ADAPT calculates 3D information from the positional information obtained from the two-way fluoroscopic view of the C-arm device, automatically divides the femoral head, and detects the center of the head and the tip of the screw. The software creates a 3D model of the femoral head to determine the appropriate guidewire insertion direction and lag screw length for efficient implant placement, resulting in optimized TAD and TSD values. The TSD concept is designed to measure the 3D distance in the axial direction of the lag screw from the tip of the lag screw to the surface of the femoral head (Figure 2). First, after the two-way radiography with the C-arm device is completed, the monitor displays a 3D image of the nail, the center of the bone head, the surface of the bone head, and the direction of guidewire insertion. Next, when the guidewire is inserted, an outline of the lag screw, with the tip 5 mm from the surface of the femoral head, is displayed to confirm the position and length of the lag screw to be placed. After drilling, the lag screw is actually inserted, and the distance from the tip of the lag screw to the surface of the femoral head is indicated in 0.1 mm increments with each radiograph. Once the lag screw has been inserted, the position of the lag screw within the femoral head is displayed in 3D, and the TAD and TSD values are indicated on the monitor (Figure 3). The distal screw and end cap are then inserted as normal, and the operation is completed.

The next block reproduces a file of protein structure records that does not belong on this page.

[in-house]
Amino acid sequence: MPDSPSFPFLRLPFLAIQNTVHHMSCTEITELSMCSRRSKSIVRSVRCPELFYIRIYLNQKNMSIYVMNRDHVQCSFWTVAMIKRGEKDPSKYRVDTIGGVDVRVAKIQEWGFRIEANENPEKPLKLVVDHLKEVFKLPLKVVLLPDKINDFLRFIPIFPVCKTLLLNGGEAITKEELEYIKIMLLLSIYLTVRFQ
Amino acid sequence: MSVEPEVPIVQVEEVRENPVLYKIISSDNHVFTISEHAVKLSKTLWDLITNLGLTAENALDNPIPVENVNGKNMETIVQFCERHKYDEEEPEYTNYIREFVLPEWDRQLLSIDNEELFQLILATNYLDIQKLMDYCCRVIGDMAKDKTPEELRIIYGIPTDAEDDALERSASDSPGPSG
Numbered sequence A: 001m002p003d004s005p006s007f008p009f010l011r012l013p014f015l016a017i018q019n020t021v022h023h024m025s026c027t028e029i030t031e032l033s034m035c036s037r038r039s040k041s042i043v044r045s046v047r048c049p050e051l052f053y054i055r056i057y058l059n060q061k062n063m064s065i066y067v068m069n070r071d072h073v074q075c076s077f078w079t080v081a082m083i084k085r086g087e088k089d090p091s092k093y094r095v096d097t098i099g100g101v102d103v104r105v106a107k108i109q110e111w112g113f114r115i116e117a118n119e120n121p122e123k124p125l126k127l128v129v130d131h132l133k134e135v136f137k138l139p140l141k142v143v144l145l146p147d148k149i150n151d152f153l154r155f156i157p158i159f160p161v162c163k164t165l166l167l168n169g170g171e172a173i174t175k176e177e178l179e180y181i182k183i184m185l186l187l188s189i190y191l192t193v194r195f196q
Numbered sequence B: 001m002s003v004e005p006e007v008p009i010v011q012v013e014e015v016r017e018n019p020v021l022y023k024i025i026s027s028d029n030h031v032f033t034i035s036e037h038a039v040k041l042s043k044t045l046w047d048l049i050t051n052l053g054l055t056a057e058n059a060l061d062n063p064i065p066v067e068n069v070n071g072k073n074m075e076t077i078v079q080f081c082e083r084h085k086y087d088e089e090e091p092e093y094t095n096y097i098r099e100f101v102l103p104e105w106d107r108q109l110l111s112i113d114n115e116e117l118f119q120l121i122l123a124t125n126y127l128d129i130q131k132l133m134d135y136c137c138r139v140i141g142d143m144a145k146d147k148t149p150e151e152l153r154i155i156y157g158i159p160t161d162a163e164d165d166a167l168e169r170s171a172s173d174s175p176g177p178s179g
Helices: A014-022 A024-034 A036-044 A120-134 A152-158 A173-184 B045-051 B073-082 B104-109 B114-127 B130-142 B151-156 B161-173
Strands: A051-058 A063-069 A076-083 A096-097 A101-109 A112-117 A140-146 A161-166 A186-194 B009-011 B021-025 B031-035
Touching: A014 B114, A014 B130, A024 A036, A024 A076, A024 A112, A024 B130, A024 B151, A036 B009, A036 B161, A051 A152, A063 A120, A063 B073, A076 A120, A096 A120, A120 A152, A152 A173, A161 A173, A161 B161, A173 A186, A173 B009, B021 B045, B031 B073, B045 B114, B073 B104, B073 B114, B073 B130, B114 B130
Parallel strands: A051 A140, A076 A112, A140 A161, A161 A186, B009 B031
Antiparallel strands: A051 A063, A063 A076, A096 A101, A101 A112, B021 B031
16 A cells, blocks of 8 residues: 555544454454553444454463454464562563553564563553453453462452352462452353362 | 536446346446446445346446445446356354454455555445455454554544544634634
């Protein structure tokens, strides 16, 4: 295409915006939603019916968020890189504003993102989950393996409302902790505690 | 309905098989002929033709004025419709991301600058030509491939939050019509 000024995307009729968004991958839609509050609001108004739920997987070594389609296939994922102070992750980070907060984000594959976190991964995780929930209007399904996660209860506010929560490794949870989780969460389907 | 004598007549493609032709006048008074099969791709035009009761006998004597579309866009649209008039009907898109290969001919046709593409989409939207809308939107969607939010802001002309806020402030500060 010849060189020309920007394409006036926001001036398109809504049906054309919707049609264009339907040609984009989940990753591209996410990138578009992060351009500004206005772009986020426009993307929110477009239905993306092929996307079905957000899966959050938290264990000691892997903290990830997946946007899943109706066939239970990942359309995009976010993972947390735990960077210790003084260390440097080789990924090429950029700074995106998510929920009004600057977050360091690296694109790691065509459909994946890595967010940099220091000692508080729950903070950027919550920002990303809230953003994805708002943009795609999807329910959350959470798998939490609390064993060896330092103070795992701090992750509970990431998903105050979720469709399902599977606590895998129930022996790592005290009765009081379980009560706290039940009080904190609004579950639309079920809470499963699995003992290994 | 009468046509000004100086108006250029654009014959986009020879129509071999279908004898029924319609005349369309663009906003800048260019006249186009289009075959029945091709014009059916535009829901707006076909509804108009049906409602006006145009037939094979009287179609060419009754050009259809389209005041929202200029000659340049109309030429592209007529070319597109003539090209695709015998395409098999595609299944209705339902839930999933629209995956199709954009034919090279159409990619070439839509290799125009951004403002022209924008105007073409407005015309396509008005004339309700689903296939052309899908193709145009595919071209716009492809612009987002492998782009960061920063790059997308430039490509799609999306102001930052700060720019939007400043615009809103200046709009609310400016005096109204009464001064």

thumbnail Figure 2

Principle: A 3D model is constructed by analyzing position markers obtained from 2D X-ray images in two directions. Concept of TSD: TSD is the distance from the tip of the screw to the surface of the femoral head.

thumbnail Figure 3